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Keith Earls' tap tackle was one of the moments of Ireland's Grand Slam match

The Ireland wing recovered brilliantly to take down Elliot Daly early in the second half.

43:41 ON THE clock. Phase 14 of the English onslaught.

Ireland’s spacing and numbering are not ideal on the left side of the English attacking ruck as Andy Farrell’s men strive to defend their line early in the second half.

Keith Earls shoots up in an effort to close off the space on the edge of Ireland’s defence, but he’s beaten by a brilliant Owen Farrell pass.

In the image below, we can see Earls [14] advancing up hard [red] on the second last English attacker, just after Farrell [10] has opted to back his passing power and accuracy to make a beautiful double skip pass out to Elliot Daly [11].

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Earls is attempting to close off the passing channel or perhaps get a ball-and-all tackle in on Dylan Hartley if Farrell opts to pass to that second-last attacker in the English line, but Earls’ linespeed leaves himself and Ireland suddenly exposed.

As the ball whistles past in front of him, Earls’ reactions kick into gear.

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When the ball gets to Daly, the danger for Ireland is clear.

We can see below that Ireland fullback Rob Kearney [15] is sweeping across behind the defensive line [red] but it looks like being a favourable one-on-one for Daly.

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Daly is powerful, can fend and has excellent footwork, so would probably back himself to finish against Kearney, although it should be pointed out that Ireland’s fullback made several excellent tackles on the edge in this game.

Johnny Sexton is also tracking across from inside so even in the event that Kearney is only able to partially slow Daly, the out-half might join in to hold Daly up or help knock him into touch.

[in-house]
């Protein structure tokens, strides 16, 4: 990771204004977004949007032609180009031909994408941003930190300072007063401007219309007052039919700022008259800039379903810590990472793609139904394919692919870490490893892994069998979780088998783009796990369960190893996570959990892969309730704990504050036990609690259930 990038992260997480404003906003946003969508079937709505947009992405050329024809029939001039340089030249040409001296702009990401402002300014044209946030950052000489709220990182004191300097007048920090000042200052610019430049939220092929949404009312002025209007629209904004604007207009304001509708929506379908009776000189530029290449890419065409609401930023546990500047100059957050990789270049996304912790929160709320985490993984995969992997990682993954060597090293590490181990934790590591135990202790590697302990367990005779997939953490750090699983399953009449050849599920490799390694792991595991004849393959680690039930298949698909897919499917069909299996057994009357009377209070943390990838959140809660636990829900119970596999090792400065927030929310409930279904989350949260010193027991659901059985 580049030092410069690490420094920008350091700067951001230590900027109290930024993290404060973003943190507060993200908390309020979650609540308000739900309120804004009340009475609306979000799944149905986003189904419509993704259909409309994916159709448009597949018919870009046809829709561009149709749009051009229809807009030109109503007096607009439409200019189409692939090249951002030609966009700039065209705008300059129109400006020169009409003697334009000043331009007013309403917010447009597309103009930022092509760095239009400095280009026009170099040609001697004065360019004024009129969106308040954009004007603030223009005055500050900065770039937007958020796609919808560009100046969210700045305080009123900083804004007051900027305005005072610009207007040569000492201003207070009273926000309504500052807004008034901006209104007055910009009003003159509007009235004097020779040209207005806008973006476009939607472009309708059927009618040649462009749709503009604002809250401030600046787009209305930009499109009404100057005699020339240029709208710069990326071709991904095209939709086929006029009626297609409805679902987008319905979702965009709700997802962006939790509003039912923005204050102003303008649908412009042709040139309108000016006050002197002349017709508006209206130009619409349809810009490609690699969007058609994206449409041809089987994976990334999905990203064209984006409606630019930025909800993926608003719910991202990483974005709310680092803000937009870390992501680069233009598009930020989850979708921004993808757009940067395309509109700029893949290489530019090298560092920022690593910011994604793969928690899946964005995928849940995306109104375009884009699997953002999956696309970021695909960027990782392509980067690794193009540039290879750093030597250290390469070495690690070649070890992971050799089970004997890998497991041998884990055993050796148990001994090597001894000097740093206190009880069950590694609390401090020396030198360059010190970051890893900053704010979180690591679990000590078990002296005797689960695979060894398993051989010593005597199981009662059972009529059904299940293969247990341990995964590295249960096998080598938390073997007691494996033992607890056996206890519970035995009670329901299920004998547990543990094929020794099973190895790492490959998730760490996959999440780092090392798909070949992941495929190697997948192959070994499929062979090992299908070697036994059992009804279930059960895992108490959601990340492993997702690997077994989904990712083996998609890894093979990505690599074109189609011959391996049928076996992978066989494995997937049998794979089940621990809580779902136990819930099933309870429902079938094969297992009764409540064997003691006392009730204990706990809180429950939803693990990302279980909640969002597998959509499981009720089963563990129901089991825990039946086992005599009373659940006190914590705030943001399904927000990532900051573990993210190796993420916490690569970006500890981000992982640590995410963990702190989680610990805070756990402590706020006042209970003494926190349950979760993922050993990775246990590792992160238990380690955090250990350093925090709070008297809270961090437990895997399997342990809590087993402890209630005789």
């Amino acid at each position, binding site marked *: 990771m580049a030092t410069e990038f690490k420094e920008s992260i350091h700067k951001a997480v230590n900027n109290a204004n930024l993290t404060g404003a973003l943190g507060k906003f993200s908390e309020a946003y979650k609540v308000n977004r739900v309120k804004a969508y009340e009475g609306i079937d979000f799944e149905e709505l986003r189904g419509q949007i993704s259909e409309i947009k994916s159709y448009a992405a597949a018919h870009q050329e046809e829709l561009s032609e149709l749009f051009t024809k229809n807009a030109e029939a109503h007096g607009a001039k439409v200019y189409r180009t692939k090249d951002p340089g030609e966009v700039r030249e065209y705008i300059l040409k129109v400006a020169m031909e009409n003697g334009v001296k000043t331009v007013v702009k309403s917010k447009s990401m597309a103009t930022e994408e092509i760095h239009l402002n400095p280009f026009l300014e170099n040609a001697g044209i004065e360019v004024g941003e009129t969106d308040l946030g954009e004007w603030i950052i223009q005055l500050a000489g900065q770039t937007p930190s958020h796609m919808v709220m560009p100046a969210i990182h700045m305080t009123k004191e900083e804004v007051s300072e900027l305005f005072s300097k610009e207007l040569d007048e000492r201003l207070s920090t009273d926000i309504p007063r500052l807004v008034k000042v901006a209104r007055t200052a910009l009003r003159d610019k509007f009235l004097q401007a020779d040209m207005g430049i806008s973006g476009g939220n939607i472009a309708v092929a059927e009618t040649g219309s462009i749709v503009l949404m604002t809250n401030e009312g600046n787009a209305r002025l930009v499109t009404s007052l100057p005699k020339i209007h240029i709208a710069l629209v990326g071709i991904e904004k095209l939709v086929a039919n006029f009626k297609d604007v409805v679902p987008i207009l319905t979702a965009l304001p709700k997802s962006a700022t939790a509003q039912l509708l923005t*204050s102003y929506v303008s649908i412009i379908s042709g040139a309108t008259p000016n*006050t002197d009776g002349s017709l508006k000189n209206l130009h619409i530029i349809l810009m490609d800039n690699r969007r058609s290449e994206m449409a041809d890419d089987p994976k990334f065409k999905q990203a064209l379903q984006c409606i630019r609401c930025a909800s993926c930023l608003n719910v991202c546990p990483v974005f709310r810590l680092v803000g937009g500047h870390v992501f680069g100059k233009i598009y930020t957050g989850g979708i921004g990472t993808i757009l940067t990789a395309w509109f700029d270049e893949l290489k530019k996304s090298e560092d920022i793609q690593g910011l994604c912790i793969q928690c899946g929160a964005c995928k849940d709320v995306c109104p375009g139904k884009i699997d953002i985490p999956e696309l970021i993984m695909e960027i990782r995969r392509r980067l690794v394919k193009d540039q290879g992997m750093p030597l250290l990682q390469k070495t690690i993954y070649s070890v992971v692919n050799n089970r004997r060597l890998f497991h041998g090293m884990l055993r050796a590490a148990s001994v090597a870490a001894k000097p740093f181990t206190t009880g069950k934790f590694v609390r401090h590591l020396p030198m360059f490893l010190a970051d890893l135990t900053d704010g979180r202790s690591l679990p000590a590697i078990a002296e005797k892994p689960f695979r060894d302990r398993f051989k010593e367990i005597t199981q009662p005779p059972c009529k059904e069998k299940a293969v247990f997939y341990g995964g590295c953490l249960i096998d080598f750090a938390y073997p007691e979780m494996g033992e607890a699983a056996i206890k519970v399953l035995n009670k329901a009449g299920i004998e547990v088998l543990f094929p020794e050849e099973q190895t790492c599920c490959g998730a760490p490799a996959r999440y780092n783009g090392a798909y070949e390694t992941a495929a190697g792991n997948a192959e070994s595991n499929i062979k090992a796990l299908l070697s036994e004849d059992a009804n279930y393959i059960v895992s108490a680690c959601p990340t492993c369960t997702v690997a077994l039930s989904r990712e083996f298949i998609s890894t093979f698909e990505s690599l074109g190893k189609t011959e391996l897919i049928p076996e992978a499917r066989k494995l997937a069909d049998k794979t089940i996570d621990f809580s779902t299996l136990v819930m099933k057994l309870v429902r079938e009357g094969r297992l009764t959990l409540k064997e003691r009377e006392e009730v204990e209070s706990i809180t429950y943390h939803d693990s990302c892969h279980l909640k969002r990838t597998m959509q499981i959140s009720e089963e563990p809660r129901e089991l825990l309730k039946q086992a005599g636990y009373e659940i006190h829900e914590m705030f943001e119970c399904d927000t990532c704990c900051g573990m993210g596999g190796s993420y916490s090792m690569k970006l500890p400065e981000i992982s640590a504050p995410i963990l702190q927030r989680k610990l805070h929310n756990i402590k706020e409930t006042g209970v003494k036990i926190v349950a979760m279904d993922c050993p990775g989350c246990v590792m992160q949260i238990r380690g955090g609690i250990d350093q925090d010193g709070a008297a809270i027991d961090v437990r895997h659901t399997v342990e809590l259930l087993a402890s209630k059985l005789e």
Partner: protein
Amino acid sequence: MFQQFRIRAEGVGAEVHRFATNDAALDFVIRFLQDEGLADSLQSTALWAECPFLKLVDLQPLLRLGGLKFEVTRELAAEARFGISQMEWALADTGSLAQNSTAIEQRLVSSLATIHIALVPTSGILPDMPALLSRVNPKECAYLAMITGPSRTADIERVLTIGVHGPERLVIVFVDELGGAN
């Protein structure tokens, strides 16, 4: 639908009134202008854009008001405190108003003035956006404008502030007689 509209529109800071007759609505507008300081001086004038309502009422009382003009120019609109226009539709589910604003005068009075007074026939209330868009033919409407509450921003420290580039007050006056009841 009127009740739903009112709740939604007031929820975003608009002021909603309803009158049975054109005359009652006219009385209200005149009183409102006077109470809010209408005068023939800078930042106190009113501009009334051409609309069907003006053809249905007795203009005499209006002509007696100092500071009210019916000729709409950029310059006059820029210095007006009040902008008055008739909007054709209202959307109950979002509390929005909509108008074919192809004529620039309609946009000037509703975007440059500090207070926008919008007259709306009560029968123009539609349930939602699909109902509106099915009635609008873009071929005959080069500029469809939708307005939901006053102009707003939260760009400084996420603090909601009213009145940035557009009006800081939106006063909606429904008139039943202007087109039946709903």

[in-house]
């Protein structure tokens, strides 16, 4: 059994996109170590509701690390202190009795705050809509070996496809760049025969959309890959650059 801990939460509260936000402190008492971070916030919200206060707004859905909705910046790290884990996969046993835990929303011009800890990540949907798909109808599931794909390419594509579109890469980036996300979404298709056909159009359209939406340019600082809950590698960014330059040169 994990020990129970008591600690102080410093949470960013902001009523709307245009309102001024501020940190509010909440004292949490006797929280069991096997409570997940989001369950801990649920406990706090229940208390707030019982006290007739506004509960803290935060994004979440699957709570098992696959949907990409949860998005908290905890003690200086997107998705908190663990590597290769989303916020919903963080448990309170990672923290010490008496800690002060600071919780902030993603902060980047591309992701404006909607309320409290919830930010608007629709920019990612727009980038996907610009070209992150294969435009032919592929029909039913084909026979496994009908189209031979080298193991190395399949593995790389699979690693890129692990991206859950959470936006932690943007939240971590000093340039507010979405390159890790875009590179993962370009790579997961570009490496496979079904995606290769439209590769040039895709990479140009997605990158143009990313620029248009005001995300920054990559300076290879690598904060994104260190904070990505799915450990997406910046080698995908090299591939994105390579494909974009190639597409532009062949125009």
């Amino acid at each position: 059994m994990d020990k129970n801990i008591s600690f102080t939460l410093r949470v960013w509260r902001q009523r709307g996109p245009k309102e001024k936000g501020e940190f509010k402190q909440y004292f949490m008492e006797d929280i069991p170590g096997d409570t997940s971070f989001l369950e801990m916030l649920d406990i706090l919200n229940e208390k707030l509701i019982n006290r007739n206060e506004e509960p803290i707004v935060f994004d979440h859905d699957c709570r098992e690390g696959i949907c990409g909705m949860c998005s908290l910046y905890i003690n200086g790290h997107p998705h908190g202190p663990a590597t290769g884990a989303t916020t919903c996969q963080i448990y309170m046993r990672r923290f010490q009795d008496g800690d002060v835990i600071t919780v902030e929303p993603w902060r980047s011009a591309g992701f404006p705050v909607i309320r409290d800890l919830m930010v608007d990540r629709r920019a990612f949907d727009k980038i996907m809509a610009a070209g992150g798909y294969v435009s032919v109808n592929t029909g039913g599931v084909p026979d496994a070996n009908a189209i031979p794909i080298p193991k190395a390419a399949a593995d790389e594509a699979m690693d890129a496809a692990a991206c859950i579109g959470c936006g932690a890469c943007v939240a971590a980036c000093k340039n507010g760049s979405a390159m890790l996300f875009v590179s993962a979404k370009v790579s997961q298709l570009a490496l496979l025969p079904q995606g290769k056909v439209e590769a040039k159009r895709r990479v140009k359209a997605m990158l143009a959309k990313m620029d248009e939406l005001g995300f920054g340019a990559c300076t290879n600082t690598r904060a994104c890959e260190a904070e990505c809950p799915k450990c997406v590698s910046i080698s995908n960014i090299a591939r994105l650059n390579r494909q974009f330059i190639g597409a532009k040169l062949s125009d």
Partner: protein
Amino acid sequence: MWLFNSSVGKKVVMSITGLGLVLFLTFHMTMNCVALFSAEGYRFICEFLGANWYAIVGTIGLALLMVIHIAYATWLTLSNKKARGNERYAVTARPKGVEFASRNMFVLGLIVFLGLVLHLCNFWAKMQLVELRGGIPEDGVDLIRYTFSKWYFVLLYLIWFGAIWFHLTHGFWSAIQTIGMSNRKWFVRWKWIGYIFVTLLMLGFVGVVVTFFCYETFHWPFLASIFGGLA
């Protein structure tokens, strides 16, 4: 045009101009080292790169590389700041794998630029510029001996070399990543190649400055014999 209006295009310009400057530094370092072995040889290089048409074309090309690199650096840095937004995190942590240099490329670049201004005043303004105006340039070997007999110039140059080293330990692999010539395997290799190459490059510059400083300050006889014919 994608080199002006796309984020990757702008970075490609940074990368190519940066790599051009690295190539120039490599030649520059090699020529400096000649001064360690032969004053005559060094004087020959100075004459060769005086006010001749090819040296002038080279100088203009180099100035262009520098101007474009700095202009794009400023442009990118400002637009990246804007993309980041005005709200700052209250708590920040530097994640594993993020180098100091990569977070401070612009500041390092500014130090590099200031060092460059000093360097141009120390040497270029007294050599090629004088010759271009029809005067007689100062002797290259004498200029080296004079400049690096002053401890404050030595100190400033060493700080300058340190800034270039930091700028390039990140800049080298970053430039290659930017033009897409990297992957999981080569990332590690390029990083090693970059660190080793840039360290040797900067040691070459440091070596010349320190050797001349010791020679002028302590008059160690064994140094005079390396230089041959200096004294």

Either way, opportunity beckons for England and although it looks like Earls has left himself in no man’s land, his recovery is superb.

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Though Daly is beyond him, Earls is desperate to do whatever he can to slow or stop him.

The Ireland right wing instantly recognises the possibility of a tap tackle and – as he turns with a show of his agility and balance – begins to lower himself towards Daly’s feet, with his finely-tuned instincts seeming to take over.

The brilliance of this tap tackle from Earls is in the timing. Split seconds become vital factors and his decision-making in those fleeting moments is excellent.

Earls ever-so-slightly delays his tap tackle, appearing to intuitively appreciate that if he taps Daly’s right leg when it’s planted on the ground – as below – he will have little effect.

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The tap tackle is a tricky skill, largely for this reason.

Many would-be tap tacklers strike across the ball-carrier’s foot, heel or lower leg when it’s planted on the ground, as above.

In that moment when the foot is planted, it’s obviously very difficult to get enough force to drive it across and onto the carrier’s other leg, causing them to trip. With the studs planted into the ground – even briefly – there is stability and traction for the carrier.

Earls’ success here comes because of the hint of delay that means he swipes his right hand and wrist – firm contact, rather than an actual ‘tap’ – onto Daly’s right ankle just as the England wing has raised his foot off the ground – as below.

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That means that Earls’ tapping action does drive Daly’s right leg across onto his left…

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… causing Daly to trip over himself…

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… and allowing Kearney to dive in on top of Daly and force him into touch.

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The timing of Earls’ actual contact onto Daly’s right leg is the key to his success in this instance.

It seems unlikely that Earls forms the clear thought ‘I’ll hit his right leg as soon as it comes off the ground’ as he actually moves to react here, and it may be more that his instincts drive him to do exactly that.

Still, there is an awareness of the skill in Earls’ make-up and he has practiced it before this moment – whether that is in training or actually in games, learning from previous attempts, both successful and unsuccessful.

As Earls recovered to halt Daly and help Ireland keep their tryline intact in this passage, the tap tackle guru Peter Stringer himself would surely have been proud.

Source: Six Nations Rugby/YouTube

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Murray Kinsella

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